Because her bonus is directly tied to how many hours she clocks at the DEI factory, Brenda RSVP’d to 20 events—almost one per day.
She shared with me a few descriptions of the events she’s attending; most of them are delivered via Zoom. These are real, folks:
“Soul Food: Problematic?”: Join us as we sink our teeth into a home cooked meal and a little history. In this event we will take us on a deep dive into the origins of soul food, a cuisine that can be traced from West Africa to the American west.
“Sugar in Our Wounds: Exploring Resilience with Theatre”: This program features a dynamic reading and discussion of the production of Sugar in Our Wounds, Donja R. Love’s drama set on a southern plantation in 1862, where two young enslaved men torn from their families find solace in one another, propelling them into a harrowing fight for love and survival. This will focus on courage, hope, and reinvention amidst significant adversity through the lens of Black Queer love.
“What's Hair Got To Do With It?”: We will explore the stigma around black hair and resulting discrimination African descendants systemically encounter in professional and educational spaces. We will examine this longstanding form of racial discrimination through a historical lens alongside the examination of civil rights litigation combatting race-based hair discrimination.
I’m no historian, but those don’t sound much like history classes.
Brenda told me her foolproof strategy for successfully completing all 20 events. The below are her suggestions, so please get mad at her if you don’t like them.
9 Rules for Celebrating BHM at Work:
Starting in January, sign up to attend every BHM event offered at your company. Most of these will be delivered via Zoom, so you have no excuse.
When the event begins, sign in so your attendance is noted, then immediately mute your computer and minimize the browser window.
Proceed with your normal work day.
Repeat this process for each event.
Make sure you do not participate too enthusiastically or accidentally “take up space” intended for other participants.
If you are forced to attend a session in real life, do not roll your eyes, laugh, or look bored at any time during the presentation.
Do not raise your hand and offer opinions or thoughts on the topic at hand. If you utter the words “my black friend,” you may as well start packing up your desk.
Do not wear themed clothing or accessories. Leave the Kente cloth scarf and Wakanda Forever t-shirt at home. Do not attempt a Black Power salute.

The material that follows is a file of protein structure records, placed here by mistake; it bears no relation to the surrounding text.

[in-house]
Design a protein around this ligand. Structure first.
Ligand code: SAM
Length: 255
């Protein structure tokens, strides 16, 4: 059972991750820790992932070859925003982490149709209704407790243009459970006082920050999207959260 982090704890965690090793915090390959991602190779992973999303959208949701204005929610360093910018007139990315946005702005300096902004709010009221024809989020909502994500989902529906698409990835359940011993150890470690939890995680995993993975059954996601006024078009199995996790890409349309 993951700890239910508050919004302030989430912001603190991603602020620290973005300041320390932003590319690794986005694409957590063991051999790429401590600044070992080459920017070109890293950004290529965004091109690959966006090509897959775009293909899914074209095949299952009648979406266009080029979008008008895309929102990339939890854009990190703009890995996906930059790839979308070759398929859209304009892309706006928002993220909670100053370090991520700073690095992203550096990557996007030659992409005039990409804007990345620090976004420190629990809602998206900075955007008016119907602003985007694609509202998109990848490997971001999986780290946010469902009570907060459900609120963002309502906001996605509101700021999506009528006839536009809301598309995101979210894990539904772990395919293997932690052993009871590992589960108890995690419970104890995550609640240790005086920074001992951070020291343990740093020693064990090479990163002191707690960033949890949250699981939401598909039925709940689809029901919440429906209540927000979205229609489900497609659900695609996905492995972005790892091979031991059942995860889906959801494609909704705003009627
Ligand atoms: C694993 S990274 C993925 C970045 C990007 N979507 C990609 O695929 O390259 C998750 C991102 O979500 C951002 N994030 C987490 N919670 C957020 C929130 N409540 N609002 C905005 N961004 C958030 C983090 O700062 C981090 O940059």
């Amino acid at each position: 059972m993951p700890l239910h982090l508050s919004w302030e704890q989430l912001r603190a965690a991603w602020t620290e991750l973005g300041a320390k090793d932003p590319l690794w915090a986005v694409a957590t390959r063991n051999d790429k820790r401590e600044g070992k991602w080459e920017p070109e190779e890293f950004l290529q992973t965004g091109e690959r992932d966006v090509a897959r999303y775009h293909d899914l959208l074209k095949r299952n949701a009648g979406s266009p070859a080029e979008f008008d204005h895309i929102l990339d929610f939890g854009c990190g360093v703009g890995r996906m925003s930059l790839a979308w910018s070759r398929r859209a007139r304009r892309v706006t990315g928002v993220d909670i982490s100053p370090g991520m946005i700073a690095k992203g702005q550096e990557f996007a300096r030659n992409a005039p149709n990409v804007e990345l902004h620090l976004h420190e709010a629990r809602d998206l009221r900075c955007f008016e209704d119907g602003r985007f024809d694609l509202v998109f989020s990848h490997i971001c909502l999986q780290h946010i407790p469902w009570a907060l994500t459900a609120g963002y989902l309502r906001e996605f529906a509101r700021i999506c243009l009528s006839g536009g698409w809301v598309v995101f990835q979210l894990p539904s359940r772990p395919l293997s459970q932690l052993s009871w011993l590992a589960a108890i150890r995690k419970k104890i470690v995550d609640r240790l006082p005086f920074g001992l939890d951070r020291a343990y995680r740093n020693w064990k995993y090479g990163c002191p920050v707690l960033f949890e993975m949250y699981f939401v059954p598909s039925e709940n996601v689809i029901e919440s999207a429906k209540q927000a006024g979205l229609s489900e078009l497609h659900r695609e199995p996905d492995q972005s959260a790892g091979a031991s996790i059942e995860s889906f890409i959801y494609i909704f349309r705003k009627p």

Do not change your language, dialect, or word choice in any way. Remember the wise words of Mohammed Atta to his hostages: “Just stay quiet and you’ll be okay.”
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A Final Word
Tread carefully! Black History Month is a harsh…uh, never mind. BHM turns your office into a month-long minefield—it’s Survivor, only without torches (highly problematic). The object of the game is to make it to the end of February with your job intact and your ally credentials burnished.
Yes, all educated persons should know history, the names of key historical figures, and why they matter. But that is a job for schools and teachers. Corporate BHM for adults is no longer about history to educate or enlighten.
It is about half-baked virtue signals. It is about forced compliance in a progressive belief system (like critical race theory, or the revisionist 1619 Project) powered by a core of radioactive plutonium, like the deeply held conviction that certain racial groups are bad, nay, evil.
Black History Month at work is a subtle reminder that your days in the corporate salt mines are numbered; as soon as a more appropriate hire can be found, you will be flushed out with the rest of the useful idiots.
Good luck! See you in March for Women's History Month—have you finished knitting your vagina costume for the office parade?
April is Arab American History Month. No costumes please.
May is Asian American and Pacific Islander Heritage Month, the only month of the year Disney Imagineers are banned from wearing Hawaiian shirts to work.
Make sure you save some gas in the tank for June—you know what that is!
Until then, I remain—
P.S. If you enjoyed this essay, you’ll enjoy my upcoming book, Domestic Extremist: A Practical Guide to Winning the Culture War (June, Regnery). Pre-order your copy today, and thank you!
Learn more at: https://peachykeenanwrites.com/